top of page

Debunking Hand Pain Myths: Insights from a Physiotherapist.




Today, let's dive into a topic that affects many of us but is often surrounded by misinformation: hand pain myths. As a physiotherapist, I've seen my fair share of misconceptions surrounding hand pain, and it's time to set the record straight. So, grab a cup of coffee and let's separate fact from fiction.



Myth #1: Hand pain is just a normal part of ageing.


Sure, as we age, our bodies undergo changes, but chronic hand pain shouldn't be dismissed as inevitable. In fact, many cases of hand pain are related to specific conditions like arthritis, tendonitis, or nerve compression [1]. These issues can often be effectively managed with proper care and treatment, regardless of age.



Myth #2: Resting your hands is the best way to relieve pain.


While rest can be beneficial in the short term, it's not always the best long-term solution for hand pain. In fact, prolonged rest can lead to stiffness and weakness in the muscles and joints. Instead, a balanced approach that includes gentle stretching, strengthening exercises, and ergonomic adjustments is typically more effective in managing hand pain.



Myth #3: Hand pain is only caused by overuse.


While overuse can certainly contribute to hand pain, it's not the only culprit. Factors like poor posture, repetitive movements, and underlying medical conditions can also play a significant role. For example, conditions like carpal tunnel syndrome can cause hand pain without any specific overuse [2]. That's why it's essential to address the root cause of the pain rather than simply focusing on reducing activity.



Myth #4: Hand pain will go away on its own.


Unfortunately, this myth can lead to delayed treatment and unnecessary suffering. Ignoring hand pain can allow underlying conditions to worsen over time, making them more challenging to treat. Early intervention, including physiotherapy, can lead to better outcomes for many hand pain conditions [3]. So, don't wait it out—seek professional help if you're experiencing persistent hand pain.



Myth #5: Surgery is the only option for severe hand pain.


While surgery may be necessary in some cases, it's not always the first or only treatment option. Physiotherapy techniques such as manual therapy, exercises, and modalities like ultrasound or laser therapy can often provide significant relief for hand pain without the need for surgery [4]. Of course, the appropriate treatment will depend on the specific cause and severity of the pain, so it's essential to consult with a healthcare professional for personalised advice.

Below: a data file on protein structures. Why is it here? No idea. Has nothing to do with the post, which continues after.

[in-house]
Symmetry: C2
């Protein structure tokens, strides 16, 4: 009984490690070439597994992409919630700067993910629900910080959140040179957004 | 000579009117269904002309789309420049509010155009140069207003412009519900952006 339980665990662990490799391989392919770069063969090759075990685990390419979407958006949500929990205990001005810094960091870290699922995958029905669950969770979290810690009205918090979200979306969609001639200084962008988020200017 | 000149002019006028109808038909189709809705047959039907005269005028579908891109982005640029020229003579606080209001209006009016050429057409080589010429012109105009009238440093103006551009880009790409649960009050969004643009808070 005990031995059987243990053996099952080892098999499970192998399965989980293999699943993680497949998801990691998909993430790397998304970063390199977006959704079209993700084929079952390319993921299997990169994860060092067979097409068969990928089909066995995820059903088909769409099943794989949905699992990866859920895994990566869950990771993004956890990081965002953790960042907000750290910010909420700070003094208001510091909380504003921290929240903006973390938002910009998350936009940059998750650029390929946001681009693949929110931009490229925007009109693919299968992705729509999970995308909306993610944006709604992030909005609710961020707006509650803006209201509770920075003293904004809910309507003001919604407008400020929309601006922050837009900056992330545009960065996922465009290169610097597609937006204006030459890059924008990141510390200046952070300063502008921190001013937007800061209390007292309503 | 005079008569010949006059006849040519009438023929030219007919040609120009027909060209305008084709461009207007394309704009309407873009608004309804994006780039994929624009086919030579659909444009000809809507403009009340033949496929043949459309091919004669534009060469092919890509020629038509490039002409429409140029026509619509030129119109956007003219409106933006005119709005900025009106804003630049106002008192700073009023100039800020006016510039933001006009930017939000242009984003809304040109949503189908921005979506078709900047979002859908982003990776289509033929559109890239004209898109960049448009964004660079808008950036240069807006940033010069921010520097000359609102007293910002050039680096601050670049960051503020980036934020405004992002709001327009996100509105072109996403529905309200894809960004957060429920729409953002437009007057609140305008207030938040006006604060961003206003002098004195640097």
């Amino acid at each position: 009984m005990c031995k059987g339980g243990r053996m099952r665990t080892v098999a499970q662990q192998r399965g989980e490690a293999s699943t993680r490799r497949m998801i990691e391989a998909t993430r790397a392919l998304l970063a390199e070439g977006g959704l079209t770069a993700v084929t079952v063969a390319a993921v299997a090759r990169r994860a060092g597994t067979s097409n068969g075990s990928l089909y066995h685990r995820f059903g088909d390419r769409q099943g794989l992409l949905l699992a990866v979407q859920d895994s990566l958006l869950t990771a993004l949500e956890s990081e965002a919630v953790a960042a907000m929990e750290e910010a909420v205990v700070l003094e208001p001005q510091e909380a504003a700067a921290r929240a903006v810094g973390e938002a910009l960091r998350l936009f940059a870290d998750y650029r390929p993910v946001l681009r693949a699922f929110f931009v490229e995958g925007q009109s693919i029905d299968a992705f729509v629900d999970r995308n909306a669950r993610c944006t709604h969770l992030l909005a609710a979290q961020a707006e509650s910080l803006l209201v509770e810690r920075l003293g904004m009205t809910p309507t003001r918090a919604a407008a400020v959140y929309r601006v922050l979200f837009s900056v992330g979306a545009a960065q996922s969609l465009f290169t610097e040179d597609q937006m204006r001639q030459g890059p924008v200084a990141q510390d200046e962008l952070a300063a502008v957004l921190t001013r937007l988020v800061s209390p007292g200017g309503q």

So, there you have it, five common hand pain myths debunked! Remember, when it comes to managing hand pain, knowledge is power. By understanding the true causes and effective treatments for hand pain, you can take control of your health and get back to doing the things you love.


Our Barnet, Cockfosters & Enfield Physio's have tons of experience in dealing with all types of hand and wrist pain. Have confidence that our specialist Physiotherapists will closely assess, diagnose & treat you in the correct & evidence-based way for all injuries. You can book an appointment here.



Blog By: Emre Oz (Musculoskeletal Physiotherapist at Crouch Physio).




References:


1. Lee, S.W. and Nakamura, R., 2020. Hand and Wrist Pain. Clinical Diagnosis in Physical Medicine & Rehabilitation E-Book: Case by Case; Elsevier Health Sciences: Philadelphia, PA, USA, p.47.


2. Tantawy, H.I., El Maghraby, A.M., El Adl, I.M. and El Ahwany, F.I.M., 2022. Pathophysiology and diagnosis of Carpal tunnel syndrome. NeuroQuantology, 20(10), p.13134.


3. Byrchak, V., Duma, Z. and Aravitska, M., 2020. Effectiveness of the active physical therapy in restoring wrist and hand functional ability in patients with immobility-induced contracture of the wrist joint complicated by median nerve entrapment owing to distal forearm fracture. Journal of Physical Education and Sport, 20(6), pp.3599-3606.


4. Manchikanti L, Singh V, Falco FJ, Benyamin RM, Hirsch JA. Epidemiology of low back pain in adults. Neuromodulation. 2014;17 Suppl 2:3-10.

47 views0 comments

Comments


bottom of page